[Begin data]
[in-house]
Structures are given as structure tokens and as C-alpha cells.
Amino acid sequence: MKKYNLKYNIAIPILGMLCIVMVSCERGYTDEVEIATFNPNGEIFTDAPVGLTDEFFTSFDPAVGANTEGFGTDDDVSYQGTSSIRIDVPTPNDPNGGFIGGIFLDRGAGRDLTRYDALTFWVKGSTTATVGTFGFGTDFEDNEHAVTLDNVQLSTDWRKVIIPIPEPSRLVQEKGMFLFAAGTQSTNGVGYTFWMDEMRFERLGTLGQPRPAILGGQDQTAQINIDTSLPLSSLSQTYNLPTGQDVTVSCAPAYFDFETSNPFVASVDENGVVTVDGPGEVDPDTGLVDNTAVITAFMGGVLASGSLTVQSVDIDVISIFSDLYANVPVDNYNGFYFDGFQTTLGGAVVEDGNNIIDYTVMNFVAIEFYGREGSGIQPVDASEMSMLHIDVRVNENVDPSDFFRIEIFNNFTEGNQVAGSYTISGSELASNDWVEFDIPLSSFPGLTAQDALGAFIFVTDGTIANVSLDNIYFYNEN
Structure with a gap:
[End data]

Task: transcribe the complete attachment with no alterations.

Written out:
[in-house]
Structures are given as structure tokens and as C-alpha cells.
Amino acid sequence: MKKYNLKYNIAIPILGMLCIVMVSCERGYTDEVEIATFNPNGEIFTDAPVGLTDEFFTSFDPAVGANTEGFGTDDDVSYQGTSSIRIDVPTPNDPNGGFIGGIFLDRGAGRDLTRYDALTFWVKGSTTATVGTFGFGTDFEDNEHAVTLDNVQLSTDWRKVIIPIPEPSRLVQEKGMFLFAAGTQSTNGVGYTFWMDEMRFERLGTLGQPRPAILGGQDQTAQINIDTSLPLSSLSQTYNLPTGQDVTVSCAPAYFDFETSNPFVASVDENGVVTVDGPGEVDPDTGLVDNTAVITAFMGGVLASGSLTVQSVDIDVISIFSDLYANVPVDNYNGFYFDGFQTTLGGAVVEDGNNIIDYTVMNFVAIEFYGREGSGIQPVDASEMSMLHIDVRVNENVDPSDFFRIEIFNNFTEGNQVAGSYTISGSELASNDWVEFDIPLSSFPGLTAQDALGAFIFVTDGTIANVSLDNIYFYNEN
Structure with a gap: